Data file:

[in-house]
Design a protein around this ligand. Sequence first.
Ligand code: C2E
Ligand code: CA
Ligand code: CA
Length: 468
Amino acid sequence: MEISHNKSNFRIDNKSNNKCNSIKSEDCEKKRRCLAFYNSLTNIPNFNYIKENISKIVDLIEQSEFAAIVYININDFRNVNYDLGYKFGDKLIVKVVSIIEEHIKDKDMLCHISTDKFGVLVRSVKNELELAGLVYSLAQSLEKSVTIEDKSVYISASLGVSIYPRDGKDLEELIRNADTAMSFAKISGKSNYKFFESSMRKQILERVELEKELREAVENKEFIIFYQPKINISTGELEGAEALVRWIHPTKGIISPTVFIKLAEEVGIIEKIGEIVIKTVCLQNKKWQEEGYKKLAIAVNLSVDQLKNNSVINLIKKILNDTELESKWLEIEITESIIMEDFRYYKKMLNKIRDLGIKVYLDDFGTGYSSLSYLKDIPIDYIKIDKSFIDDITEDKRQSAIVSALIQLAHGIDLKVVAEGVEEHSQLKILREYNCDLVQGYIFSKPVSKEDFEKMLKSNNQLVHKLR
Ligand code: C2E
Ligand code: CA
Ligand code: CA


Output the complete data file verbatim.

[in-house]
Design a protein around this ligand. Sequence first.
Ligand code: C2E
Ligand code: CA
Ligand code: CA
Length: 468
Amino acid sequence: MEISHNKSNFRIDNKSNNKCNSIKSEDCEKKRRCLAFYNSLTNIPNFNYIKENISKIVDLIEQSEFAAIVYININDFRNVNYDLGYKFGDKLIVKVVSIIEEHIKDKDMLCHISTDKFGVLVRSVKNELELAGLVYSLAQSLEKSVTIEDKSVYISASLGVSIYPRDGKDLEELIRNADTAMSFAKISGKSNYKFFESSMRKQILERVELEKELREAVENKEFIIFYQPKINISTGELEGAEALVRWIHPTKGIISPTVFIKLAEEVGIIEKIGEIVIKTVCLQNKKWQEEGYKKLAIAVNLSVDQLKNNSVINLIKKILNDTELESKWLEIEITESIIMEDFRYYKKMLNKIRDLGIKVYLDDFGTGYSSLSYLKDIPIDYIKIDKSFIDDITEDKRQSAIVSALIQLAHGIDLKVVAEGVEEHSQLKILREYNCDLVQGYIFSKPVSKEDFEKMLKSNNQLVHKLR
Ligand code: C2E
Ligand code: CA
Ligand code: CA